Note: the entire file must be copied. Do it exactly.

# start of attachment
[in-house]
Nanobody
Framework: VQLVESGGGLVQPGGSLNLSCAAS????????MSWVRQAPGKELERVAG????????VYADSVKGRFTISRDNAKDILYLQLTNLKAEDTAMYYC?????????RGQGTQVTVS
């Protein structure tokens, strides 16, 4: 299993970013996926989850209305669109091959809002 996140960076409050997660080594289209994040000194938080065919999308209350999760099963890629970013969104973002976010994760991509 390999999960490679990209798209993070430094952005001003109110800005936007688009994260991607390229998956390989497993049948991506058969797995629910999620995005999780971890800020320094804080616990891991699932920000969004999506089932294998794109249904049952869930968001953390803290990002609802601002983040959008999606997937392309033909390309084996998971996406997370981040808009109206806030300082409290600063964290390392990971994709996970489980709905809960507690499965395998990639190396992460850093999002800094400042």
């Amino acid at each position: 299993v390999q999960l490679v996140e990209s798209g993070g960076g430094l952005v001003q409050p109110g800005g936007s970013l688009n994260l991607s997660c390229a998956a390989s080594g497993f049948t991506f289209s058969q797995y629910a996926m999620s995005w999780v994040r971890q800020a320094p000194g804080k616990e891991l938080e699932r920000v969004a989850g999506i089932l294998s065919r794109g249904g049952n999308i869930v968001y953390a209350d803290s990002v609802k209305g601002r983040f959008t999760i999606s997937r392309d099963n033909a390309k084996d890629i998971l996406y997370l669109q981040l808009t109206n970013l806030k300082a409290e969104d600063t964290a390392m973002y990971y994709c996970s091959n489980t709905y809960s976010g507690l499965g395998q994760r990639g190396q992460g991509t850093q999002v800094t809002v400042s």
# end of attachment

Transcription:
[in-house]
Nanobody
Framework: VQLVESGGGLVQPGGSLNLSCAAS????????MSWVRQAPGKELERVAG????????VYADSVKGRFTISRDNAKDILYLQLTNLKAEDTAMYYC?????????RGQGTQVTVS
């Protein structure tokens, strides 16, 4: 299993970013996926989850209305669109091959809002 996140960076409050997660080594289209994040000194938080065919999308209350999760099963890629970013969104973002976010994760991509 390999999960490679990209798209993070430094952005001003109110800005936007688009994260991607390229998956390989497993049948991506058969797995629910999620995005999780971890800020320094804080616990891991699932920000969004999506089932294998794109249904049952869930968001953390803290990002609802601002983040959008999606997937392309033909390309084996998971996406997370981040808009109206806030300082409290600063964290390392990971994709996970489980709905809960507690499965395998990639190396992460850093999002800094400042």
């Amino acid at each position: 299993v390999q999960l490679v996140e990209s798209g993070g960076g430094l952005v001003q409050p109110g800005g936007s970013l688009n994260l991607s997660c390229a998956a390989s080594g497993f049948t991506f289209s058969q797995y629910a996926m999620s995005w999780v994040r971890q800020a320094p000194g804080k616990e891991l938080e699932r920000v969004a989850g999506i089932l294998s065919r794109g249904g049952n999308i869930v968001y953390a209350d803290s990002v609802k209305g601002r983040f959008t999760i999606s997937r392309d099963n033909a390309k084996d890629i998971l996406y997370l669109q981040l808009t109206n970013l806030k300082a409290e969104d600063t964290a390392m973002y990971y994709c996970s091959n489980t709905y809960s976010g507690l499965g395998q994760r990639g190396q992460g991509t850093q999002v800094t809002v400042s």